Geothermal: cheap way to experiment???

   #1  

Flatheadyoungin

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I've spent about the last 6+ months reading about Geothermal heating and cooling. I have taken some HVAC courses and like to "play" with this stuff. A good friend of mine, my neighbor, showed me a complete geothermal system he has- it was taken out of a house that burned but this section sustained no damage. He has it all........and said I could play with it in my garage.

He has it all, but the holes in the ground!:rolleyes::D Well, from all of my research this is the only part that you can't DIY. I don't have much room, here, where I'm am currently located, I really don't have the room to coil, I can't use an open loop, I don't have a pond/etc. Even getting a well drilling rig in to the areas of my lot without being cramped for space.....

Any creative ideas? I know it's a long shot.

I'd just like to experiement with it and see what I think. Then, in a few years, when we build, I'll know a little more about it when the time comes to plop down the cash for a new system.

I had the specs of the unit in my head, but somehow they got "misplaced"......:eek::rolleyes:
 
   #2  

Tig

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How about using some of the passive solar ideas to create a heat source for your pump. Heat up a reservoir of fluid through solar collectors and then draw that fluid as required into the heat pump. Geothermal units are usually tuned to a certain ground source temp. Your fluid temp would fluctuate so efficiency issues may arise.
BTW I have a geothermal unit that I will be relocating to my country place and I am going through the same thought process.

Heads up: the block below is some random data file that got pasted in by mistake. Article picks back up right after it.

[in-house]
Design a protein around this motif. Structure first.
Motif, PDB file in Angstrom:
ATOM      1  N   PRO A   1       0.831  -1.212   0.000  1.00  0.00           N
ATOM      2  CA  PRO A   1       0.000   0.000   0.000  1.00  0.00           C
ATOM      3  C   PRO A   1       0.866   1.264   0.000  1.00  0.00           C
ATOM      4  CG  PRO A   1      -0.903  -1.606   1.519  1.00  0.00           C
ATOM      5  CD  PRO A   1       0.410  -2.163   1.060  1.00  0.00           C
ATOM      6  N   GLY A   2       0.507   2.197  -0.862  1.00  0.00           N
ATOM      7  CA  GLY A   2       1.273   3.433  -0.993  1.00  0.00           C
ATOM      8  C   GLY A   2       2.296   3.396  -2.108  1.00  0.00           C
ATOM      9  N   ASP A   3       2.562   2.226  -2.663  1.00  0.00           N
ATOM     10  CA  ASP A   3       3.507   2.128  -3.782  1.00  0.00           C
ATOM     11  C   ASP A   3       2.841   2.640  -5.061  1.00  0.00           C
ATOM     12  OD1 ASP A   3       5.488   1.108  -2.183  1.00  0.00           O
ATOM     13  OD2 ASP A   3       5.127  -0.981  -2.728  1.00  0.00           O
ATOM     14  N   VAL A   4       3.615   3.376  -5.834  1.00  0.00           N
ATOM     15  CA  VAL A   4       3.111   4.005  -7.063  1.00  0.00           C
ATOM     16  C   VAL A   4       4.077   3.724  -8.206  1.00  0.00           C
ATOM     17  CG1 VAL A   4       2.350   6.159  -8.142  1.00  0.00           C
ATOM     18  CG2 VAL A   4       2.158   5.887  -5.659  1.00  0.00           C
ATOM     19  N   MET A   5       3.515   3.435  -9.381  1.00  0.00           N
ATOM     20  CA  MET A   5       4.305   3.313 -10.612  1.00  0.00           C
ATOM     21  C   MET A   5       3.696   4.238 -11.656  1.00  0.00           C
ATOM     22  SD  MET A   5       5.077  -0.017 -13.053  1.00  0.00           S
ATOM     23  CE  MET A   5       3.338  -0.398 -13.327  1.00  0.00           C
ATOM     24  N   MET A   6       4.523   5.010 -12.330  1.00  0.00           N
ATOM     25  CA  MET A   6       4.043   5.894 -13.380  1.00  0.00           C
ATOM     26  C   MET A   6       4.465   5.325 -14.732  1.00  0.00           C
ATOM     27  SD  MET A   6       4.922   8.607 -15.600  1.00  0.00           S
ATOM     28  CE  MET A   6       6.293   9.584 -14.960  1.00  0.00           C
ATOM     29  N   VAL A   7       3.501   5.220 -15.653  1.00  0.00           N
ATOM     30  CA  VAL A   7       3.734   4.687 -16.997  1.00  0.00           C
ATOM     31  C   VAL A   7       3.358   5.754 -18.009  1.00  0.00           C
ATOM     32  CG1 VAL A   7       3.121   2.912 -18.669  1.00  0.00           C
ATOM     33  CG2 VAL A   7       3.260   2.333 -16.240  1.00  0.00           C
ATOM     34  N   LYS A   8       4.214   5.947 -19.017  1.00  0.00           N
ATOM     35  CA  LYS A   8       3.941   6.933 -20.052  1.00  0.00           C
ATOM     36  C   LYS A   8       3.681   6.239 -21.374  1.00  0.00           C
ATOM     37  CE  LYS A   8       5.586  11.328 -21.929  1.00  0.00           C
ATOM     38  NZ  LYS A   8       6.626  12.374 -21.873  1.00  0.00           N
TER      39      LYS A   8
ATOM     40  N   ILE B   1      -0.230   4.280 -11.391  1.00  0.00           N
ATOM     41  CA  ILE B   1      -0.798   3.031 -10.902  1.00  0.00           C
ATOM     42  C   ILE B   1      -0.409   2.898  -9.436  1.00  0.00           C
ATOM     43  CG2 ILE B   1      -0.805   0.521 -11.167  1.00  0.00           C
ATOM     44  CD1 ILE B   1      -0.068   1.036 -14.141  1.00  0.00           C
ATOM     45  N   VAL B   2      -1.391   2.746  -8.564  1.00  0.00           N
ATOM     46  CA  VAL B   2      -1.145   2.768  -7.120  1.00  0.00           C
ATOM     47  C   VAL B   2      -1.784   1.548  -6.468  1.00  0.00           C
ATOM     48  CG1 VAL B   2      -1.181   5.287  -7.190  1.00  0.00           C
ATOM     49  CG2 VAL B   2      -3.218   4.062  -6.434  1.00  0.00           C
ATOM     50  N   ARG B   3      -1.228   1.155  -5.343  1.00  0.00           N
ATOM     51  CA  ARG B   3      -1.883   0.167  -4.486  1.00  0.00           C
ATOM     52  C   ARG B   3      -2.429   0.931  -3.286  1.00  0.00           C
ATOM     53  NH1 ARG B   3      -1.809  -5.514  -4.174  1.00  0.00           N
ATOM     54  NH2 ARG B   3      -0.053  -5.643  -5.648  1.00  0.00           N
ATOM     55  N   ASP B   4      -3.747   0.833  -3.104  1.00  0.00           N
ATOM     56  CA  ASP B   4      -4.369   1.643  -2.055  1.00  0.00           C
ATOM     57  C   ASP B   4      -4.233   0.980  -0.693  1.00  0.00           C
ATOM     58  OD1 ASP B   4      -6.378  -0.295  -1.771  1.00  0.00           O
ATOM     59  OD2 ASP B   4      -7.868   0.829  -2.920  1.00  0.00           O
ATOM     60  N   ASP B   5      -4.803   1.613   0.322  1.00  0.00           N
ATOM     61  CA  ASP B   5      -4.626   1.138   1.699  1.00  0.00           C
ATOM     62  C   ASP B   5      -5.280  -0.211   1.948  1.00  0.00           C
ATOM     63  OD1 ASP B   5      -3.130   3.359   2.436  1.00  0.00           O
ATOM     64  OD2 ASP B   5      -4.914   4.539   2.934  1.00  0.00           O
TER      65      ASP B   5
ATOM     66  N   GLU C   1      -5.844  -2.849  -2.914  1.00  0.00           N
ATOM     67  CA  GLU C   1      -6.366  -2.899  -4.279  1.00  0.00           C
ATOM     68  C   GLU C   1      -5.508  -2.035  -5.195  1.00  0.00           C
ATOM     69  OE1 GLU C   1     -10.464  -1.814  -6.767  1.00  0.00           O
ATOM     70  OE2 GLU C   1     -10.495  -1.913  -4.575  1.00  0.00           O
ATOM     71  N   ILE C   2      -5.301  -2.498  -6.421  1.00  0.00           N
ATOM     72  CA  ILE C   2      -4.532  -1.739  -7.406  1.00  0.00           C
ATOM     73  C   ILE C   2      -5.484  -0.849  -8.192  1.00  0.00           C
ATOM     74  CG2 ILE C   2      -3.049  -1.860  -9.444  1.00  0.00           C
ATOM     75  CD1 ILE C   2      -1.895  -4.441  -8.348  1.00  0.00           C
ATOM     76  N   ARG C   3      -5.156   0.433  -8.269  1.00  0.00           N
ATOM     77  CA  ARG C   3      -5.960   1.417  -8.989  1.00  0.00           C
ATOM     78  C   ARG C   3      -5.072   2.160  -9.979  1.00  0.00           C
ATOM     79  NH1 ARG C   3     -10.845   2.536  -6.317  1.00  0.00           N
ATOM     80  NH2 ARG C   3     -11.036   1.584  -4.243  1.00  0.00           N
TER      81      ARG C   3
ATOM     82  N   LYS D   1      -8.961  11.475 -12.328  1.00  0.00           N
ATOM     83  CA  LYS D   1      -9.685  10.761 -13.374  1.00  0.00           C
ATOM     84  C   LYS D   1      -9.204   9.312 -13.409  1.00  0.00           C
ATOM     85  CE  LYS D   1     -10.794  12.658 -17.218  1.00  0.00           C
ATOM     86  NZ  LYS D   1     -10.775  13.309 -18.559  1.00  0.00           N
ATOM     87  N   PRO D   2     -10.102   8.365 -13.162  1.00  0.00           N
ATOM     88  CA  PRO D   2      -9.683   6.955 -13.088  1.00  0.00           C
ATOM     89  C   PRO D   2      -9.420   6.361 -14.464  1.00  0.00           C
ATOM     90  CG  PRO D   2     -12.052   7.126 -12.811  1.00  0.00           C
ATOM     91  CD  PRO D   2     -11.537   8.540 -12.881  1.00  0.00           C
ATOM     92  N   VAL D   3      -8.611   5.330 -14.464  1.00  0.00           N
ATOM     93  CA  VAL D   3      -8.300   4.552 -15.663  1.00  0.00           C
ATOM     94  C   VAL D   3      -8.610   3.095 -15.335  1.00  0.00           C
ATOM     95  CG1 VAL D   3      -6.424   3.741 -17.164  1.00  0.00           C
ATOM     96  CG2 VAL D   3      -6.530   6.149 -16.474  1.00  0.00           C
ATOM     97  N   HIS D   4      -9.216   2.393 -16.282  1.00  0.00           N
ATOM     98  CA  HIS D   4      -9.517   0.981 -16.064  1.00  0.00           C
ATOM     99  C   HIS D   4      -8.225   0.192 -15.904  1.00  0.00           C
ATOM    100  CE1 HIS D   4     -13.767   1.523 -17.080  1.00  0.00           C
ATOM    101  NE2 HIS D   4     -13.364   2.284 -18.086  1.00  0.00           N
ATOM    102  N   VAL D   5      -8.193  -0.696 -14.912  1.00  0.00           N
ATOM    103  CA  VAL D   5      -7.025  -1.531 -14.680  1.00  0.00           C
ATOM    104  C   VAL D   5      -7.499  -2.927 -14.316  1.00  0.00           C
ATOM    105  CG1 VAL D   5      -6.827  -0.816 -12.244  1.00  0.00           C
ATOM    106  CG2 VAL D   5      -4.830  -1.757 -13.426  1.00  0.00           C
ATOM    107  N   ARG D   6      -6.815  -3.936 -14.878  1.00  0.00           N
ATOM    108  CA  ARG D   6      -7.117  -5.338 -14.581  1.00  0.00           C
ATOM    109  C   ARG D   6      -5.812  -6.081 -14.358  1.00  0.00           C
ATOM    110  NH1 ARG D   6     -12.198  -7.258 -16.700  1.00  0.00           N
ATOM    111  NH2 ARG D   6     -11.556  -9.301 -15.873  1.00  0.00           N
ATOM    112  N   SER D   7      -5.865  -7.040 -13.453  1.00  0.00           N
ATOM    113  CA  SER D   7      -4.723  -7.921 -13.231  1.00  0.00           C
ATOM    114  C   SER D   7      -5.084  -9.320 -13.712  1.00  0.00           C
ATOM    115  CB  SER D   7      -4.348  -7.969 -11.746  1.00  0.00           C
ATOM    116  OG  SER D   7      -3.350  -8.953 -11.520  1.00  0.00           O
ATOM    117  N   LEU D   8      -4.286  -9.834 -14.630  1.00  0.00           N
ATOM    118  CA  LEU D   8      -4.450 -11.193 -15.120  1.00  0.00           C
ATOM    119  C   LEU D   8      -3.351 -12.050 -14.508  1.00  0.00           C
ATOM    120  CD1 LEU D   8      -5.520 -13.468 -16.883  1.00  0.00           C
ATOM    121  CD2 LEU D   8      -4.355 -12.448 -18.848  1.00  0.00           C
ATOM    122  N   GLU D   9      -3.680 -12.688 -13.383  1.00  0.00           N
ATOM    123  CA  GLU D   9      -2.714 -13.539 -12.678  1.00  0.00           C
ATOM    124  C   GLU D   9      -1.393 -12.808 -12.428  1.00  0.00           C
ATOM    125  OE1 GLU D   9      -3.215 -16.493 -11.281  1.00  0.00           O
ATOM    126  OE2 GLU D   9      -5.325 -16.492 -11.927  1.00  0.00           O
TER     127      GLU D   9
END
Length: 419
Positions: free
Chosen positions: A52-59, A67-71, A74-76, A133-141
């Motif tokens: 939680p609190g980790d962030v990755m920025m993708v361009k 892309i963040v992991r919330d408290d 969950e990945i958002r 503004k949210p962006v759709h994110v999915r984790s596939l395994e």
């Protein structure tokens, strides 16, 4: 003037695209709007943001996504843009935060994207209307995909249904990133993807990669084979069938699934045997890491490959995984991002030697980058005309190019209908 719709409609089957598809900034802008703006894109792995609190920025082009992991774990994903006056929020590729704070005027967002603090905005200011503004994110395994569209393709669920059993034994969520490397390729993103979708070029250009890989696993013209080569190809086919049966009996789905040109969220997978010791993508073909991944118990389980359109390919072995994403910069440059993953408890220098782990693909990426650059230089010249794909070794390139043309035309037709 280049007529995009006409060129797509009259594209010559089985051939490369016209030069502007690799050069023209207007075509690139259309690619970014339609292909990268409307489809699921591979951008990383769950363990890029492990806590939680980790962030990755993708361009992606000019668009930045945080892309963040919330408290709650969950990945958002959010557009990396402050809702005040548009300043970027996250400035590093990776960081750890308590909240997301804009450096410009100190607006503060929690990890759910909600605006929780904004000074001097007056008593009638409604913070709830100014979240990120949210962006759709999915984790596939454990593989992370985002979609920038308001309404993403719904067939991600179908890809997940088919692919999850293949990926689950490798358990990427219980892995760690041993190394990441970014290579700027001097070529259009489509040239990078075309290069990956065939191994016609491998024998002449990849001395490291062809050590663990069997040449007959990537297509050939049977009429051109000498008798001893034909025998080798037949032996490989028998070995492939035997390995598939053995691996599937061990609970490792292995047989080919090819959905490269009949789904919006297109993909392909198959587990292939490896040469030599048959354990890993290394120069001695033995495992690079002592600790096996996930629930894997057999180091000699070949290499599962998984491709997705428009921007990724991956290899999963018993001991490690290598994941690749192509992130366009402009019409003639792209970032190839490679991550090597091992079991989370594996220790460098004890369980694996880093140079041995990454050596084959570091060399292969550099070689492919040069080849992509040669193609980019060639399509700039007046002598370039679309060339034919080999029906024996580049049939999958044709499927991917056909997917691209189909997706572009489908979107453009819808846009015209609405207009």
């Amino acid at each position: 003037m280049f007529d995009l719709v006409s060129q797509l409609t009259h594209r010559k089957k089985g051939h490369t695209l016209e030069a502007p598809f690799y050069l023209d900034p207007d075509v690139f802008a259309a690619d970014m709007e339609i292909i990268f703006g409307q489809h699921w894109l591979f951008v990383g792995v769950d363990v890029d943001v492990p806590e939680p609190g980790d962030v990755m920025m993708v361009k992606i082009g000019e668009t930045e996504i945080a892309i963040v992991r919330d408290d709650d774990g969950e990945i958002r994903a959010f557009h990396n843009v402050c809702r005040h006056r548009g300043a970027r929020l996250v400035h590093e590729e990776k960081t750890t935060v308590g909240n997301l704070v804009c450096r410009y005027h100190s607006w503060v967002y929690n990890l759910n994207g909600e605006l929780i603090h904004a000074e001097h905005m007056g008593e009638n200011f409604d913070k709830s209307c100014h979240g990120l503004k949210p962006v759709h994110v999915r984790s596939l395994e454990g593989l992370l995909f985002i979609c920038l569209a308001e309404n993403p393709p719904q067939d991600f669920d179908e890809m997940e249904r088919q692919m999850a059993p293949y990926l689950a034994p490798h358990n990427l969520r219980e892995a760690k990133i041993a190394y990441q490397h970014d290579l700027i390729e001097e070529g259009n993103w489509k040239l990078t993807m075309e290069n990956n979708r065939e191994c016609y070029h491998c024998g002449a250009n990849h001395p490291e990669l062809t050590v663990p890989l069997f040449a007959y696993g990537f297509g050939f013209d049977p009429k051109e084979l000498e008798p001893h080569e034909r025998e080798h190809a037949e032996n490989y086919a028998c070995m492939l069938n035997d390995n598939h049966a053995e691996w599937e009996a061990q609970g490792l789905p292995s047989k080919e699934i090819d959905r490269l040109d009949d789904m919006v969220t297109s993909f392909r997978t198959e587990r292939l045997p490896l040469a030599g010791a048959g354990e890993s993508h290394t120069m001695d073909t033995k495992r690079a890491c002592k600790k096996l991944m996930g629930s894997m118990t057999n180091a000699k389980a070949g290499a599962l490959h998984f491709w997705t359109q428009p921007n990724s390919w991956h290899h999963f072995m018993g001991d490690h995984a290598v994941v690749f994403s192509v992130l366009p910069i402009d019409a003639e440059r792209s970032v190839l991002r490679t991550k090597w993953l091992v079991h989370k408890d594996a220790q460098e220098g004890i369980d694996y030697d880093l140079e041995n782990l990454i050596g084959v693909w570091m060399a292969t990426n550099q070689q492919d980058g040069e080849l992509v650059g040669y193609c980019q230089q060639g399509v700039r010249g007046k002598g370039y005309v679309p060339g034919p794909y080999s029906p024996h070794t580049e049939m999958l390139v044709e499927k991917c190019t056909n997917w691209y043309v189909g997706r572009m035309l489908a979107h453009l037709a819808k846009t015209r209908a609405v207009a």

#3  

schmism

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Geothermal units are usually tuned to a certain ground source temp. Your fluid temp would fluctuate so efficiency issues may arise.
BTW I have a geothermal unit that I will be relocating to my country place and I am going through the same thought process.

that works for extracting the heat, but it has no effective way to radiate the heat in the summer ie when its running as an AC unit.

with the limitations you provided, i dont see much options.

air to air with wood boiler backup.
 
   #5  

dooleysm

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I don't understand what experimenting you plan on doing? I've owned or rented homes with geothermal heat pump, traditional heat pump, and a traditional A/C / natural gas furnace. The only difference (other than operating and installation costs) between any of them is that the gas furnace blows out hotter air from the ducts.

I think the only thing you'll learn is that it's a major pain to slap together a used geothermal system in your garage.
 
   #6  

Paddy

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Flathead...,

Nice find. You could always do a "pump and dump". The COP is good because the temp is always cool and constant. The bad part is the power needed for a deep well pump to run or worce, city water. But in any case, you play with it with a garden hose as your "loop".